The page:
Nadine, a Baby Room Leader in Scallywags Nursery in Scotland, explained that when she wanted to see more time spent by the 0-2-year-olds in the outdoor space, she approached this through open questions in the team meeting. “What do we think about how we’re using the outdoors at the moment?” Asking this question raised a range of issues and potential barriers to using the outdoor space, as well as ideas about how this could be overcome and what solutions the team wanted to try. This is a coaching approach because everyone has the opportunity to identify and solve problems.

Asking others to lead

Let us stay with the discussion about the outdoor space in the team meeting. In the context of the dialogue and the ideas that emerged from it, Nadine wondered whether there was an opportunity for others in the group to take the lead in designing, implementing and assessing change.

Asking others to lead a change process, small or big, is an excellent form of professional development. In LEYF, they call this ‘action research’ while at Indigo Childcare in Glasgow, they talk about it as ‘the ideas process’. It doesn’t really matter what you call it – the point is finding opportunities for staff at all levels in the organisation to step up and make meaningful change.

Use the label ‘professional development’

In order for professional development to impact positively on staff motivation and retention, everyone needs to know that they are experiencing professional development. It is important to label ‘professional development’, particularly when it might appear different to what staff were expecting.

If a staff member decides to take on a particular pedagogical responsibility, flag that this is professional development. If they receive coaching and support to make this responsibility work, explain that this is part of the professional development package. Leaders might say something like “I would love you to take responsibility for that – it would be fantastic for your professional development” or “I think this conversation has been really important for your professional development. Do you feel the same?”.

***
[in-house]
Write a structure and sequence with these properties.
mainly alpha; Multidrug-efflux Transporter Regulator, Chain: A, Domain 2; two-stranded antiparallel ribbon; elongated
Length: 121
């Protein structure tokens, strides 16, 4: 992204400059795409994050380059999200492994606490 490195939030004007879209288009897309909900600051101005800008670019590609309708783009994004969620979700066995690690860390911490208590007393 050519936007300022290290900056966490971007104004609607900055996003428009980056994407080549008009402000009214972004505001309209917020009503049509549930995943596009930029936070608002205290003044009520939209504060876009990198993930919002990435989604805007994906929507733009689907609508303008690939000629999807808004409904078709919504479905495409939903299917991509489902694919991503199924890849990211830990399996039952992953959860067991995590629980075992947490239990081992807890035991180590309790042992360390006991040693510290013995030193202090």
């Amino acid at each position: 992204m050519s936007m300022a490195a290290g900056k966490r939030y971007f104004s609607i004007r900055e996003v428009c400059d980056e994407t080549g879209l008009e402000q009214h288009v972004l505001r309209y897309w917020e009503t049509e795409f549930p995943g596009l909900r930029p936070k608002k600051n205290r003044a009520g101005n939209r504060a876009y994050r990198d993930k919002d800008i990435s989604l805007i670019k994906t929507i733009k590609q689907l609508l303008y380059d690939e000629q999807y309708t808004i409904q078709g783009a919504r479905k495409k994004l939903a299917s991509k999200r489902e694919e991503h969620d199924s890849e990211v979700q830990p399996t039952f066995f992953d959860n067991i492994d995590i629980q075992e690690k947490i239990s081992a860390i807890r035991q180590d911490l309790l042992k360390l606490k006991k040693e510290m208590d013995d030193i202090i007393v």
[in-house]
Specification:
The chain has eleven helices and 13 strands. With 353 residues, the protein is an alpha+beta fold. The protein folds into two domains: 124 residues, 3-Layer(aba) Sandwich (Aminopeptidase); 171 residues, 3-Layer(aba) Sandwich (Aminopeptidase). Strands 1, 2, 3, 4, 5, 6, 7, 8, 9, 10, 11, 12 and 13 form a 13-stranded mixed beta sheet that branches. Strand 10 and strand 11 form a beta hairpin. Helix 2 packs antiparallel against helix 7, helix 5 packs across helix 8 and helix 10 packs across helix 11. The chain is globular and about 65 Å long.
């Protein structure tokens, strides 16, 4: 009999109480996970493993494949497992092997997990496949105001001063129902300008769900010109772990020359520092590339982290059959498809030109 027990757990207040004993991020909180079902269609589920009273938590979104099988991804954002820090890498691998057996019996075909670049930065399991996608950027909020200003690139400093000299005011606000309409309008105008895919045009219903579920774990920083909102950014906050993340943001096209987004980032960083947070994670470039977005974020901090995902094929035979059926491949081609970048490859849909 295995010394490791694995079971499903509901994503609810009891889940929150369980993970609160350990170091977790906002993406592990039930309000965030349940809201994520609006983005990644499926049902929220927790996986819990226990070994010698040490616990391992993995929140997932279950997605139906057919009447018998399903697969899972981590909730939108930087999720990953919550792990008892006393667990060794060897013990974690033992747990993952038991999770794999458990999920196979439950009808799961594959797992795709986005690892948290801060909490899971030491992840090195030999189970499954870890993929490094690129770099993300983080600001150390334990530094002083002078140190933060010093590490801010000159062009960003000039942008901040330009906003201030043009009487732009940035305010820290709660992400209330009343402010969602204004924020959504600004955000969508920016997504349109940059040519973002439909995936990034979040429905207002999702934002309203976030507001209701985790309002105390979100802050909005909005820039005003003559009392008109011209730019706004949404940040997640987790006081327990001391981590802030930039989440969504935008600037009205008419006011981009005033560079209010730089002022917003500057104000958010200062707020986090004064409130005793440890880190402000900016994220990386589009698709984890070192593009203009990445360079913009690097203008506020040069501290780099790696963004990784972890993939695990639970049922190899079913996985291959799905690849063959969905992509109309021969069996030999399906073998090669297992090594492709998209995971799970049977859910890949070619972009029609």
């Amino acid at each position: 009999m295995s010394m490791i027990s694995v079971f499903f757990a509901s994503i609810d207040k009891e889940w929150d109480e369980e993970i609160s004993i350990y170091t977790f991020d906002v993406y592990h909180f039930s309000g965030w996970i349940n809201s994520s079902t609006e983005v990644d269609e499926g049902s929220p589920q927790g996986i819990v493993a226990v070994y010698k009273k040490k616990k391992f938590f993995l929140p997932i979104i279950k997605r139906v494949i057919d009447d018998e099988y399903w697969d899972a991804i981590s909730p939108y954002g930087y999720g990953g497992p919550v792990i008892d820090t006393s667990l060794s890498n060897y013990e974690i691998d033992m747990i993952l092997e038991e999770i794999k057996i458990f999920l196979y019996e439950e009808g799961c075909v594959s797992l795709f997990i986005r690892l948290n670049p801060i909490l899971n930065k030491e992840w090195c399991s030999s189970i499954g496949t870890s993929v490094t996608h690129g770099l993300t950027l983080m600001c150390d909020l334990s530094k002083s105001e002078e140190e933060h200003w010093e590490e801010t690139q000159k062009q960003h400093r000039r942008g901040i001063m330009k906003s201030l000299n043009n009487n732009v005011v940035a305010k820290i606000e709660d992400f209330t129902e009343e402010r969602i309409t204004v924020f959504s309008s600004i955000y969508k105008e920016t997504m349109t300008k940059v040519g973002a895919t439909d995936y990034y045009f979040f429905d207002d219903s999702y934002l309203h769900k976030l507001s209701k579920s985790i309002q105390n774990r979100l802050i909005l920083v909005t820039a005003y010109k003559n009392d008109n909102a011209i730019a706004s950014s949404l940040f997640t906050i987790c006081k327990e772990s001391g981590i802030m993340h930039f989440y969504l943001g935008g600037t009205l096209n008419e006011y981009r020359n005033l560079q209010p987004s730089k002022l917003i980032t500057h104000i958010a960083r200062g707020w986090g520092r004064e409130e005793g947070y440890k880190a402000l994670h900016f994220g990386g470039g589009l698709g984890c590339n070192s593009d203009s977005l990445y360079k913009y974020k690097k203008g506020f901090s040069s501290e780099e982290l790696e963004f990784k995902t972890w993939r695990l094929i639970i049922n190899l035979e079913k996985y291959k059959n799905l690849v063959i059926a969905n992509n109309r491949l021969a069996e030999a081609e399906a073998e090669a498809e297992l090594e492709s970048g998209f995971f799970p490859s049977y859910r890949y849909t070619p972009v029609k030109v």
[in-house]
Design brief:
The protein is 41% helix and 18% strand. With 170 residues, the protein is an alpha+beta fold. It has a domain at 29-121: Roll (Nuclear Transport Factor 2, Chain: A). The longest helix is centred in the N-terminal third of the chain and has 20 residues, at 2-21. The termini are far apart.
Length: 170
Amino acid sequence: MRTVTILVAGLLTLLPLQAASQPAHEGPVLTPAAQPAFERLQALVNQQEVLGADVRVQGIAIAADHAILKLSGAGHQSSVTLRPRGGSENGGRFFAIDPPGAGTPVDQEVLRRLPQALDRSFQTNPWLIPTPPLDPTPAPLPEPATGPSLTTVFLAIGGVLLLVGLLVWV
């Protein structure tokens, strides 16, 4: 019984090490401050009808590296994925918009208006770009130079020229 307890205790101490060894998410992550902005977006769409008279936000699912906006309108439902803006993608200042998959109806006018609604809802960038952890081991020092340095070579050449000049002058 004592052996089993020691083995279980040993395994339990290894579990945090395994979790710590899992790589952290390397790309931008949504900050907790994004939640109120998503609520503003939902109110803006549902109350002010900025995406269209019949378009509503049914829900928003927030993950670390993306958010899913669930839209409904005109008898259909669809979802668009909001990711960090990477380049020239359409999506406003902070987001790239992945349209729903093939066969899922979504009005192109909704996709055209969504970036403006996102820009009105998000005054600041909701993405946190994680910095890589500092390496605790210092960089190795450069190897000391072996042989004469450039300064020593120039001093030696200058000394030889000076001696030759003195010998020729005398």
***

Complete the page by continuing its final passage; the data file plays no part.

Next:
References

Rogers, S., Brown, C. & Poblete, X. (2018) A systematic review of the evidence base for professional learning in early years education (the PLEYE review). London: Nuffield Foundation. Accessed 07.03.2022: https://discovery.ucl.ac.uk/id/eprint/10053553/1/Rogers_PLEYE_A%20SYSTEMATIC%20REVIEW%20OF%20THE%20EVIDENCE_Nuffield.pdf 

Ceeda (2019) About Early Years Workforce Report, 2019. Accessed 07.03.2022: https://www.eymatters.co.uk/ceeda-about-early-years-workforce-report-2019/ 

About the author:

Dr Mona Sakr is Senior Lecturer in Education and Early Childhood. As a researcher in Early Years (EY) provision, she has published extensively on creative, digital and playful pedagogies including the books ‘Digital Play in Early Childhood: What’s the Problem?’ (Sage) and ‘Creativity and Making in Early Childhood: Challenging Practitioner Perspectives’ (Bloomsbury).  

Mona's current research is an exploration of pedagogical, organisational and community leadership in EY and how leadership can be more effectively developed across EY. Current funded research includes a Nuffield Foundation project looking at online leadership development across the EY sector, a BELMAS project looking at leadership in the baby room of nurseries and a BERA project examining ethnicity in the early years workforce.  

Forthcoming books (include an introduction to Social Leadership in Early Childhood Education and Care (written with June O’Sullivan, CEO of London Early Years Foundation), and an edited volume on EY pedagogical leadership around the globe. 

Email: m.sakr@mdx.ac.uk  

Twitter: @DrMonaSakr